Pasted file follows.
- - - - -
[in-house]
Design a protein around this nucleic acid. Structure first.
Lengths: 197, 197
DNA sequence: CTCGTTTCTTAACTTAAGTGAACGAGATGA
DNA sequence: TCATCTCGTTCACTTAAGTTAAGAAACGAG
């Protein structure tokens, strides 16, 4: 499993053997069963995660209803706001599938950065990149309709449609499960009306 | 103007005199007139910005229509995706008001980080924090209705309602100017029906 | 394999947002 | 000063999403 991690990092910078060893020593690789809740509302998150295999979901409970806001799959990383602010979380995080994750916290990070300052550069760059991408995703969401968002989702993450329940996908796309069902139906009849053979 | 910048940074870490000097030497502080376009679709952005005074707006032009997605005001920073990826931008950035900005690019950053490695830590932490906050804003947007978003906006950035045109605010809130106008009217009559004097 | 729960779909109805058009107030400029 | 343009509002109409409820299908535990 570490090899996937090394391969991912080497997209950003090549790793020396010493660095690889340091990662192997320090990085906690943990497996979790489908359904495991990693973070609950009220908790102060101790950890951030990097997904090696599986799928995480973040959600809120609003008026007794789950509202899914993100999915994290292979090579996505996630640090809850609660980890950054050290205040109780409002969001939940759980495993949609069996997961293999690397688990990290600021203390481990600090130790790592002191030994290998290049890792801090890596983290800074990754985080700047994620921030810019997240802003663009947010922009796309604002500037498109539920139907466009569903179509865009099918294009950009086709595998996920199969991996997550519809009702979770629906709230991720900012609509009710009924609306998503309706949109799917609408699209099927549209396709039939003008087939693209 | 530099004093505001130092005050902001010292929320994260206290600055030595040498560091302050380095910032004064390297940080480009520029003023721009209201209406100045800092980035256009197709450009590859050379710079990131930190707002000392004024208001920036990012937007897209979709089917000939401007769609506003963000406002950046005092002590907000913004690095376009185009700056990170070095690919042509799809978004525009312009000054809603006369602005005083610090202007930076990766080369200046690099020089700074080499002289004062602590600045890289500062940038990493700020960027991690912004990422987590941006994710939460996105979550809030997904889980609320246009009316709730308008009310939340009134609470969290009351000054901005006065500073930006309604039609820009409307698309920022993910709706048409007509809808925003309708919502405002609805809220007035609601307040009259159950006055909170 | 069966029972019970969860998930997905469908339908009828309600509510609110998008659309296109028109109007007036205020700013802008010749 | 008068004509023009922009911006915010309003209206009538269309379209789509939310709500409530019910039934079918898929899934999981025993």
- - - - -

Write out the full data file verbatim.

[in-house]
Design a protein around this nucleic acid. Structure first.
Lengths: 197, 197
DNA sequence: CTCGTTTCTTAACTTAAGTGAACGAGATGA
DNA sequence: TCATCTCGTTCACTTAAGTTAAGAAACGAG
């Protein structure tokens, strides 16, 4: 499993053997069963995660209803706001599938950065990149309709449609499960009306 | 103007005199007139910005229509995706008001980080924090209705309602100017029906 | 394999947002 | 000063999403 991690990092910078060893020593690789809740509302998150295999979901409970806001799959990383602010979380995080994750916290990070300052550069760059991408995703969401968002989702993450329940996908796309069902139906009849053979 | 910048940074870490000097030497502080376009679709952005005074707006032009997605005001920073990826931008950035900005690019950053490695830590932490906050804003947007978003906006950035045109605010809130106008009217009559004097 | 729960779909109805058009107030400029 | 343009509002109409409820299908535990 570490090899996937090394391969991912080497997209950003090549790793020396010493660095690889340091990662192997320090990085906690943990497996979790489908359904495991990693973070609950009220908790102060101790950890951030990097997904090696599986799928995480973040959600809120609003008026007794789950509202899914993100999915994290292979090579996505996630640090809850609660980890950054050290205040109780409002969001939940759980495993949609069996997961293999690397688990990290600021203390481990600090130790790592002191030994290998290049890792801090890596983290800074990754985080700047994620921030810019997240802003663009947010922009796309604002500037498109539920139907466009569903179509865009099918294009950009086709595998996920199969991996997550519809009702979770629906709230991720900012609509009710009924609306998503309706949109799917609408699209099927549209396709039939003008087939693209 | 530099004093505001130092005050902001010292929320994260206290600055030595040498560091302050380095910032004064390297940080480009520029003023721009209201209406100045800092980035256009197709450009590859050379710079990131930190707002000392004024208001920036990012937007897209979709089917000939401007769609506003963000406002950046005092002590907000913004690095376009185009700056990170070095690919042509799809978004525009312009000054809603006369602005005083610090202007930076990766080369200046690099020089700074080499002289004062602590600045890289500062940038990493700020960027991690912004990422987590941006994710939460996105979550809030997904889980609320246009009316709730308008009310939340009134609470969290009351000054901005006065500073930006309604039609820009409307698309920022993910709706048409007509809808925003309708919502405002609805809220007035609601307040009259159950006055909170 | 069966029972019970969860998930997905469908339908009828309600509510609110998008659309296109028109109007007036205020700013802008010749 | 008068004509023009922009911006915010309003209206009538269309379209789509939310709500409530019910039934079918898929899934999981025993």